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A Brief Addition to My Last Exposition by Keri G. '10

(Or was it a narrative? My FCAT Writing skills are long gone.)

My introduction to most of the MIT Admissions staff – aside from my application, which I barely remember anymore – occurred via a link in the blog comments to a post in some older blog y’all don’t know about, when I was so panicked about receiving my admissions decision that I may or may not have torn apart my house trying to find a crowbar so I could break into my mailbox. (…what?! My parents were out of town, and I didn’t have a mailbox key. The tube was by my front door. I missed it on my way in to find the crowbar. I am an idiot sometimes.)

Two days before The Crowbar (Non)Incident, I wrote the following over on the emo, emo LiveJournal:

[MIT’s] admit rate terrifies me more than just a little – I mean, 12.2%? Come on, you know the 87.8% deferred or denied can’t have all been absolute idiots. What if they’ve already reached their (nonexistent) quota of black, female, National Merit Scholar, (possible) salutatorian, overachieving drama freaks with too many credits to her name? What if there’s someone else out there just like me – except maybe they did something impossible or unthinkable (like teaching Latin to orphan children, or something of the sort) that made them just a hell of a lot more special than me?

Sound familiar?

Two of the last three summers, I’ve had the wonderful opportunity to live and work with gifted students as they took classes through the Center for Talent Development at Northwestern University. Many of these engaging, talented students are now high school seniors applying to college, and they’re understandably nervous about what the next few months will bring them.

Over here on the blogs, we aren’t very far removed from the admissions process ourselves. We don’t forget what it’s like to be that worried about your future. Some of us are dealing with it again right now. The main difference is that four years ago I was sure I’d end up at a good college doing something I loved once the whole application ordeal was over. (The same will happen to most of you!) Things aren’t nearly as certain anymore.

Pooooooop.

Meh, it’ll be fine. I’ll end up somewhere awesome. Am I right? I’m totally right.

(Also, I don’t really want to leave MIT, but that’s just IAP talking. Just wait until classes start again and ask me if that’s still true.)

12 responses to “A Brief Addition to My Last Exposition”

  1. Brad says:

    Lol. Classes ftw. But yeah it’s nice of you to relate your stupidity/lack of observancy (no offense intended!) back around the time tubes were being sent off. I can only hope to be that stupid and miss the tube cause it’d mean that it’s there. *sigh* Good luck!

  2. hopeful '14 says:

    Just dropping by to say, eljay ftw smile

  3. @Jonatan Y.: Lol. Good idea; will have to try something similar. Or does explicating “Great Expectations” to my friend who’s a Korean native speaker count? :D Because that would be great…

    @Keri: I think I just died laughing…the crowbar incident sounds like something I would probably do, except I’d be more likely to use one of my mom’s gardening implements due to availability.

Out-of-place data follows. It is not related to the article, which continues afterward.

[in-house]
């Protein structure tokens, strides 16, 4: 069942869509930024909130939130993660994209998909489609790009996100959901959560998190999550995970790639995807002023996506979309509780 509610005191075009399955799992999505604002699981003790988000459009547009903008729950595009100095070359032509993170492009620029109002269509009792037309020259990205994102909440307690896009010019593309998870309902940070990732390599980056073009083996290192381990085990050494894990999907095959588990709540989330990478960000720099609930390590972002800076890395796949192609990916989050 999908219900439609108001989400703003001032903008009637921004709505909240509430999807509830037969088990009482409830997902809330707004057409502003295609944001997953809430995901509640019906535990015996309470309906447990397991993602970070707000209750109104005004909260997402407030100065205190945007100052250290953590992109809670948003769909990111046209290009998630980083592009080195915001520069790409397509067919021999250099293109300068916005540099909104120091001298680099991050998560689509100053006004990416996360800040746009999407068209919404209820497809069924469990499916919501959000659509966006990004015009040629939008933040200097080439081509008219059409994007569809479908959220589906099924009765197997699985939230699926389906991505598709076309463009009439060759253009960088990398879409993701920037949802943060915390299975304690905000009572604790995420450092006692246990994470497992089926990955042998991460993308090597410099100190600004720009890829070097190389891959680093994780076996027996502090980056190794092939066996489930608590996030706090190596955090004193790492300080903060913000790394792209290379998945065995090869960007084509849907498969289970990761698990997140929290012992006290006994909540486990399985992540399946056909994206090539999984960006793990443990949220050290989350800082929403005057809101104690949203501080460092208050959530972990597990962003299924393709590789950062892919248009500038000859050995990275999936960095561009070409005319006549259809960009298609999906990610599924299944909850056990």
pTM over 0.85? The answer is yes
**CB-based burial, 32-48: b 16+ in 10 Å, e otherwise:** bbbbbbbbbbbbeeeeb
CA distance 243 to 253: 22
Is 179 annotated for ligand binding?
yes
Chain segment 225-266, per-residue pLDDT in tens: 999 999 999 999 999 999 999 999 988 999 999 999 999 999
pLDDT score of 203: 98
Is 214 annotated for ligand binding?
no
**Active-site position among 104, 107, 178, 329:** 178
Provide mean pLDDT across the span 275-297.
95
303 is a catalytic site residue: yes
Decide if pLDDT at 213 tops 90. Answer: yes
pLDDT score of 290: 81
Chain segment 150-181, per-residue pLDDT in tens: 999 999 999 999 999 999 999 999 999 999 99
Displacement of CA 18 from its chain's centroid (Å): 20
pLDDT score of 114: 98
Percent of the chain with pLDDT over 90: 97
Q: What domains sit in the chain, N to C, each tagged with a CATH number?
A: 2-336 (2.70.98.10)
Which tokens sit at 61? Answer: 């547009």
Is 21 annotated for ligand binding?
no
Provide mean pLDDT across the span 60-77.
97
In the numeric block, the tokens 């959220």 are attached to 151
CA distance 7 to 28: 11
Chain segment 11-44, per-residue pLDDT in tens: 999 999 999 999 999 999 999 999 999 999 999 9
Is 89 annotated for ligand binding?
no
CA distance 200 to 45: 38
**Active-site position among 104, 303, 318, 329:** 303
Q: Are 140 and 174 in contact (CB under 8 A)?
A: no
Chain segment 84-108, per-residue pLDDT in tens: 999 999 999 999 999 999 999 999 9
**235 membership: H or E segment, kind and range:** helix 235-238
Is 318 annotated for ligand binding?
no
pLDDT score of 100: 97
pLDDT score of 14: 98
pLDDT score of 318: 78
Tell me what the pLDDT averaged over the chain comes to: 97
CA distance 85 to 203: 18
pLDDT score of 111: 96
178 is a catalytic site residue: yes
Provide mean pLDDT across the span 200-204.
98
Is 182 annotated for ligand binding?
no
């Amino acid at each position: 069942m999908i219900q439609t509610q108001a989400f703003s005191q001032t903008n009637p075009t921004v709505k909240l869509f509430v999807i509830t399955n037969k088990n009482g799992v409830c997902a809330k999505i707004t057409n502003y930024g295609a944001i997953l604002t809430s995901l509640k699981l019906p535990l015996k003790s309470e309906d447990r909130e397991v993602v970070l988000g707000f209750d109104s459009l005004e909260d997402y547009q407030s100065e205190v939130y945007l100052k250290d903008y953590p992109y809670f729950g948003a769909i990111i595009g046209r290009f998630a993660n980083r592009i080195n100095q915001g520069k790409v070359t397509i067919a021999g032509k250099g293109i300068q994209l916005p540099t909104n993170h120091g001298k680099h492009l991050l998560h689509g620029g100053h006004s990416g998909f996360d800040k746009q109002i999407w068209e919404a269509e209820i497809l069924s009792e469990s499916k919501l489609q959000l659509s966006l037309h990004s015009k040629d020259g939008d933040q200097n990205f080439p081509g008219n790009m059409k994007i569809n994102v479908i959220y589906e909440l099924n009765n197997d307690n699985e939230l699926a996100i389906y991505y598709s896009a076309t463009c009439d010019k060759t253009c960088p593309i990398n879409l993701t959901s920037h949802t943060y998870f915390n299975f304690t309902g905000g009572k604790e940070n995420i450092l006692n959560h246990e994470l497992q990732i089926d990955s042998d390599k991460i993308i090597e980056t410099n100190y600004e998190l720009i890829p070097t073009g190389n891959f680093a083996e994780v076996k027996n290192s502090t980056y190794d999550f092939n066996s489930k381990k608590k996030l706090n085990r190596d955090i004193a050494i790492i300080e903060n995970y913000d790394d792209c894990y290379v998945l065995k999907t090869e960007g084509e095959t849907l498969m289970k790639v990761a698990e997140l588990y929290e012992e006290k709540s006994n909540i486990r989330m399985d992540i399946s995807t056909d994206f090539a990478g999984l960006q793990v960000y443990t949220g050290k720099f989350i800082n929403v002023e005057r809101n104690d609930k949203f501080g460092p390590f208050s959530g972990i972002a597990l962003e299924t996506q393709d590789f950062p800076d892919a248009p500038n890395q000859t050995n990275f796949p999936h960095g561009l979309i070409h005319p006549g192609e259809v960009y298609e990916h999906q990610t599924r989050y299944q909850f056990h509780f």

4. @Keri again: Whoa, sorry to butt my head in again, but almost missed a golden opportunity.

    Just out of curiosity, since you are a Course 9 senior, what sort of a focus did you take with your classes? Is there any sort of advice you might give to a student interested in BCS along those lines? Neuroscience is currently hovering somewhere around love-of-my-academic-life status :D and I don’t think that’s going to change much in coming years…

  5. anon says:

    so.
    it’s thursday
    tfa?

  6. joemill says:

    Haha, I thought that was a ridiculous crowbar story. smile

    Full of optimism, which is a good thing!

  7. Curious says:

    Does MIT look at a prospective student’s quarter grades at all, or are semester grades the only factor considered as far as marks go?
    Thanks!

  8. tree says:

    The link does not work.

  9. Jonatan Y. says:

    I’ll remind myself to teach Latin to an orphan child over summer break. It’ll probably help me somewhat three years from now, when the admission rate will probably be somewhere around 4.5%.

  10. Roman says:

    can I just waive my hand in the air and shout out loud… PICK ME! PICK ME!

    I wonder…

  11. Anonymous says:

    i know what FCAT is! yay florida

  12. Anonymous says:

    In regard to Prospective Students.

    Well, perhaps the MIT admission process isn’t all about grades, that seems to be the only subject anyone on these blogs seems to care about (in regard to prospective students). If thats your biggest selling point, “Hey look at me, I have never received anything less than an A+,” that’s great but after a certain point you need to start bringing something to the table. To often good grades come at the expense of good social skills or an interesting personality (there are exceptions, obviously) .

    It seems funny to me that so many kids are planning to participate in community service or volunteer simply to improve their resume. I believe that your high school years should be spent having a good time and learning how to interact with your peers. This is not to say academics need be ignored but, there should definitely be a healthy balance, one that a lot of “strait A students” are missing. And this is why I believe so many “Strait A Students” are not offered acceptance. When you are applying along with students who have similar grades you’re not really that special anymore, you are actually pretty darn ordinary.